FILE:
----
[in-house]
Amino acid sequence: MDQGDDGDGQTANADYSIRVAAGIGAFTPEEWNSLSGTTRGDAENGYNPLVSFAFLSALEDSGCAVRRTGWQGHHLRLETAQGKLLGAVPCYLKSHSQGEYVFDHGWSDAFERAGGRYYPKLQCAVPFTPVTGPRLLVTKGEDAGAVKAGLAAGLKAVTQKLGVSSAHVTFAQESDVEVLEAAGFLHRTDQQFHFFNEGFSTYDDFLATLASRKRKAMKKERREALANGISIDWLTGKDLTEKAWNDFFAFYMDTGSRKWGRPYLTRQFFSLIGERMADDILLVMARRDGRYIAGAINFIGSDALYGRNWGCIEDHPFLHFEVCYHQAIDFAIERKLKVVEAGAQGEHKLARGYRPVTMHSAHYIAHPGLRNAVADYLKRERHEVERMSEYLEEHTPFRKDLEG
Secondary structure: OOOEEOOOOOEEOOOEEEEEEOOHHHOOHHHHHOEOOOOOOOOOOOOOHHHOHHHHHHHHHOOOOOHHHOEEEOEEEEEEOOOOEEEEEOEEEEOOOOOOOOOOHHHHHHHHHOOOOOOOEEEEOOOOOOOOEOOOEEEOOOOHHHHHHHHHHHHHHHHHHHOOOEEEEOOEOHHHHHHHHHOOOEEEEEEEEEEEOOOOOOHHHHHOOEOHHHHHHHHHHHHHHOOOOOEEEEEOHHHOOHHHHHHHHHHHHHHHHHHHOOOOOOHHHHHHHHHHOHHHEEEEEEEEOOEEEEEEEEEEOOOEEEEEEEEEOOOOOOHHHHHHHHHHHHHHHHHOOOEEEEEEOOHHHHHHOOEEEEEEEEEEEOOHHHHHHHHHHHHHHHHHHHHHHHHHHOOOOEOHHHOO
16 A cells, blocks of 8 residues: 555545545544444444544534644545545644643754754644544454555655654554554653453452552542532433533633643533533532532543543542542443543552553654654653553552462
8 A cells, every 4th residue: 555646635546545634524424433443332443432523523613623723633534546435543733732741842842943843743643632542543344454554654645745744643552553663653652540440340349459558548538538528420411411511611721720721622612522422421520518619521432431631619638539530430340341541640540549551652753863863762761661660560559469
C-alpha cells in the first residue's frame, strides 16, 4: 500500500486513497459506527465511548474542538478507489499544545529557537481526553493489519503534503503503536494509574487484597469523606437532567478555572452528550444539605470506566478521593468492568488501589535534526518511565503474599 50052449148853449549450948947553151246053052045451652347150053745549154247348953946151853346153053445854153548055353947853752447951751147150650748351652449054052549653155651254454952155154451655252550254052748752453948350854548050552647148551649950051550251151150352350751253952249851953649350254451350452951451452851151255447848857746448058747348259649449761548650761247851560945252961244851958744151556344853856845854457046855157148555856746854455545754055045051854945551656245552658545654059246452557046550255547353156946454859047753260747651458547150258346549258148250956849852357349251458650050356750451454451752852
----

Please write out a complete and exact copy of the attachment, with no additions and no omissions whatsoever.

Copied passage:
[in-house]
Amino acid sequence: MDQGDDGDGQTANADYSIRVAAGIGAFTPEEWNSLSGTTRGDAENGYNPLVSFAFLSALEDSGCAVRRTGWQGHHLRLETAQGKLLGAVPCYLKSHSQGEYVFDHGWSDAFERAGGRYYPKLQCAVPFTPVTGPRLLVTKGEDAGAVKAGLAAGLKAVTQKLGVSSAHVTFAQESDVEVLEAAGFLHRTDQQFHFFNEGFSTYDDFLATLASRKRKAMKKERREALANGISIDWLTGKDLTEKAWNDFFAFYMDTGSRKWGRPYLTRQFFSLIGERMADDILLVMARRDGRYIAGAINFIGSDALYGRNWGCIEDHPFLHFEVCYHQAIDFAIERKLKVVEAGAQGEHKLARGYRPVTMHSAHYIAHPGLRNAVADYLKRERHEVERMSEYLEEHTPFRKDLEG
Secondary structure: OOOEEOOOOOEEOOOEEEEEEOOHHHOOHHHHHOEOOOOOOOOOOOOOHHHOHHHHHHHHHOOOOOHHHOEEEOEEEEEEOOOOEEEEEOEEEEOOOOOOOOOOHHHHHHHHHOOOOOOOEEEEOOOOOOOOEOOOEEEOOOOHHHHHHHHHHHHHHHHHHHOOOEEEEOOEOHHHHHHHHHOOOEEEEEEEEEEEOOOOOOHHHHHOOEOHHHHHHHHHHHHHHOOOOOEEEEEOHHHOOHHHHHHHHHHHHHHHHHHHOOOOOOHHHHHHHHHHOHHHEEEEEEEEOOEEEEEEEEEEOOOEEEEEEEEEOOOOOOHHHHHHHHHHHHHHHHHOOOEEEEEEOOHHHHHHOOEEEEEEEEEEEOOHHHHHHHHHHHHHHHHHHHHHHHHHHOOOOEOHHHOO
16 A cells, blocks of 8 residues: 555545545544444444544534644545545644643754754644544454555655654554554653453452552542532433533633643533533532532543543542542443543552553654654653553552462
8 A cells, every 4th residue: 555646635546545634524424433443332443432523523613623723633534546435543733732741842842943843743643632542543344454554654645745744643552553663653652540440340349459558548538538528420411411511611721720721622612522422421520518619521432431631619638539530430340341541640540549551652753863863762761661660560559469
C-alpha cells in the first residue's frame, strides 16, 4: 500500500486513497459506527465511548474542538478507489499544545529557537481526553493489519503534503503503536494509574487484597469523606437532567478555572452528550444539605470506566478521593468492568488501589535534526518511565503474599 50052449148853449549450948947553151246053052045451652347150053745549154247348953946151853346153053445854153548055353947853752447951751147150650748351652449054052549653155651254454952155154451655252550254052748752453948350854548050552647148551649950051550251151150352350751253952249851953649350254451350452951451452851151255447848857746448058747348259649449761548650761247851560945252961244851958744151556344853856845854457046855157148555856746854455545754055045051854945551656245552658545654059246452557046550255547353156946454859047753260747651458547150258346549258148250956849852357349251458650050356750451454451752852